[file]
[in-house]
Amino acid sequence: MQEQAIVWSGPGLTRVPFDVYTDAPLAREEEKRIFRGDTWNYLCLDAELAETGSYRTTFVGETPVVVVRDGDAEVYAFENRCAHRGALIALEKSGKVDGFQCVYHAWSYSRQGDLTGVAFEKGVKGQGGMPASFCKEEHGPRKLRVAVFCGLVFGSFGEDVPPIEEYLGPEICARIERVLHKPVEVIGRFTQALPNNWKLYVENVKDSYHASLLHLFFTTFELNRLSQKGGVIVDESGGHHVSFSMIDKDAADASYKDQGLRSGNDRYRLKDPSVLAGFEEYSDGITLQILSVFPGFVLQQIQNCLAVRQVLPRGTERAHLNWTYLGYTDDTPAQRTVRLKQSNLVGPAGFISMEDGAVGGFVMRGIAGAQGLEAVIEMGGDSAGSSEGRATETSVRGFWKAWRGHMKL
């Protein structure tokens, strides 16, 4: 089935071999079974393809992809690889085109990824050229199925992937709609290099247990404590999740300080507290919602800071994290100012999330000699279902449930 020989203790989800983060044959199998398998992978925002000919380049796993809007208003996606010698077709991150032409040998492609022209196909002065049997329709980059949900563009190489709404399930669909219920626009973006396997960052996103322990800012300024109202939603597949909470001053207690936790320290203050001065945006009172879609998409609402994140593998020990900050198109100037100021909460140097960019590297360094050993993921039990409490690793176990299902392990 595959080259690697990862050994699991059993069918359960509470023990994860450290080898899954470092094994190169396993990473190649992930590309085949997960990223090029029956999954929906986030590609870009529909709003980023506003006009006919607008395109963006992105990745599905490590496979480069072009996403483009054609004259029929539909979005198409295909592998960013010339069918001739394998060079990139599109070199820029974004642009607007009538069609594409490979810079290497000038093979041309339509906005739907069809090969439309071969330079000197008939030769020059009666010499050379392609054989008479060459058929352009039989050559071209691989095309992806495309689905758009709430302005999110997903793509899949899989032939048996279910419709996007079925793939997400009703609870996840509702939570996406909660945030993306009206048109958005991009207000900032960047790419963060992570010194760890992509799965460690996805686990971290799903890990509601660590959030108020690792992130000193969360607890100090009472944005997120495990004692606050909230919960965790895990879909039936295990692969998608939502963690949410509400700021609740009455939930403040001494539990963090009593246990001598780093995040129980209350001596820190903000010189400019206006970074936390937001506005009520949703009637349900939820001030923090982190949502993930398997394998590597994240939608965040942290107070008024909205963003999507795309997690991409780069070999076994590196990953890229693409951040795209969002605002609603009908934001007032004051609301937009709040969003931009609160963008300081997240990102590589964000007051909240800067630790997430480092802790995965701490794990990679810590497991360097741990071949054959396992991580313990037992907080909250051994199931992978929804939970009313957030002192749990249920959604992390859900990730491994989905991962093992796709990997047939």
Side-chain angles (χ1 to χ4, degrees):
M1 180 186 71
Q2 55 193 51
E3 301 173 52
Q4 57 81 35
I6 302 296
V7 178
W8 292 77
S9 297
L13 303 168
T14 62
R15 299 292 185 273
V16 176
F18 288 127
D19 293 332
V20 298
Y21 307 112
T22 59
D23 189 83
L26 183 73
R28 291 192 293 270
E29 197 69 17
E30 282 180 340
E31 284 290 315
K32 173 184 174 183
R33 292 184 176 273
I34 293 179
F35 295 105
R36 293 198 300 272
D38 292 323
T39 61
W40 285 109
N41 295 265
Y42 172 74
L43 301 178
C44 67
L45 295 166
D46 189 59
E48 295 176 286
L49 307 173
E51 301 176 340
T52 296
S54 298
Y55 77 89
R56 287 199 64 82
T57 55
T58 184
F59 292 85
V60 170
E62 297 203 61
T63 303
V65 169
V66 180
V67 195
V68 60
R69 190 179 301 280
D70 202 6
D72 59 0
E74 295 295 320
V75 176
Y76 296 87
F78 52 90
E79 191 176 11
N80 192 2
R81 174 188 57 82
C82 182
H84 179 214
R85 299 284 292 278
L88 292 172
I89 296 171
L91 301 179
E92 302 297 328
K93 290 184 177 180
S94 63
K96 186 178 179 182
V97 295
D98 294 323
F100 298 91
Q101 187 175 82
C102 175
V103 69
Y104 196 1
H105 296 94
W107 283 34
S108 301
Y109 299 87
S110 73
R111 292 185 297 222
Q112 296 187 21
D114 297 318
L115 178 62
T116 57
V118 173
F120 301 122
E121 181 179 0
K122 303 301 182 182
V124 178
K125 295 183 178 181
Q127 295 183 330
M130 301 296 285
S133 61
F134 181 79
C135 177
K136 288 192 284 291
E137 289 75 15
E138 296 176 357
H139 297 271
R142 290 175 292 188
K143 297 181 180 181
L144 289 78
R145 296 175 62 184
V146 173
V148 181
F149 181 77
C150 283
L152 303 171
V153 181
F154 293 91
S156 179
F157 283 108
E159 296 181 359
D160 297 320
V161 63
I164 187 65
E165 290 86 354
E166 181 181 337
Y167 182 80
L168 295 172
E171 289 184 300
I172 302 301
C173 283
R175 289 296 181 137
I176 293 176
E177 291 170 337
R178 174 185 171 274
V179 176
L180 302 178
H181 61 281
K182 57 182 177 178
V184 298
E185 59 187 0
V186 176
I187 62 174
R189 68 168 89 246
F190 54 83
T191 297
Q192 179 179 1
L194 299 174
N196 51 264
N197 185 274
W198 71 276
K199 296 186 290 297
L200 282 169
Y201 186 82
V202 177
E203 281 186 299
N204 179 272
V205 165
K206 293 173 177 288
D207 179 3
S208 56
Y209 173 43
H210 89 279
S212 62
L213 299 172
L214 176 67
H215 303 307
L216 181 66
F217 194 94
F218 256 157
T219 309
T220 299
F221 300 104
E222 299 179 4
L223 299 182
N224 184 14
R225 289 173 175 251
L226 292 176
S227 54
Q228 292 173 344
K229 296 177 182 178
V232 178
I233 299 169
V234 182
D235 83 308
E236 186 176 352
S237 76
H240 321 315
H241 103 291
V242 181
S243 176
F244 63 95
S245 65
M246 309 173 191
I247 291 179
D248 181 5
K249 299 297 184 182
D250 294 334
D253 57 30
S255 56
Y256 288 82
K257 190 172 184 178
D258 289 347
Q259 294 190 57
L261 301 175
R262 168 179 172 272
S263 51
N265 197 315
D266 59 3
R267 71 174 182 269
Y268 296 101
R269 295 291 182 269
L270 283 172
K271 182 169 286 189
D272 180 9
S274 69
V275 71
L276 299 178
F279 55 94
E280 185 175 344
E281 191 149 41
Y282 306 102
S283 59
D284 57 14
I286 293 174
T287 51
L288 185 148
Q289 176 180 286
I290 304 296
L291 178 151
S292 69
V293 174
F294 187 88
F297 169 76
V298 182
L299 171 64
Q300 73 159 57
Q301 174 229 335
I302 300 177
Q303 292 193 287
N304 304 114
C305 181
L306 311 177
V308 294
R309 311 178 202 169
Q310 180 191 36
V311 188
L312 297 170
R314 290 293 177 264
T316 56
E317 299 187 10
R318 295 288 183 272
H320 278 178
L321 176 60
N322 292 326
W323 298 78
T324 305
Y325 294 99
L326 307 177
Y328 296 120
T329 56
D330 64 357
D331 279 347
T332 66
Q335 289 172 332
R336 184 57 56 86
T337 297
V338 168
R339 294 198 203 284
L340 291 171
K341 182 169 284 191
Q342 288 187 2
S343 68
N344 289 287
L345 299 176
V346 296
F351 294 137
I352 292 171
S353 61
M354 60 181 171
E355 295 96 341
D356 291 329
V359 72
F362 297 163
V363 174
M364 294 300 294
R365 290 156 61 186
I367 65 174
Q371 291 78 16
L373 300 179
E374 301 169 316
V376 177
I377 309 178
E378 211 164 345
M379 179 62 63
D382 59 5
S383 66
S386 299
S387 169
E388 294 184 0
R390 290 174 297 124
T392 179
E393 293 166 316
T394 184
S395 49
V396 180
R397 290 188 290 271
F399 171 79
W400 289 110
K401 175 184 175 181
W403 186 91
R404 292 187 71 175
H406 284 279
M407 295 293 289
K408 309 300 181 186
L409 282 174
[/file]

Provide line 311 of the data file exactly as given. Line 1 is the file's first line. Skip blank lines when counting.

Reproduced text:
F399 171 79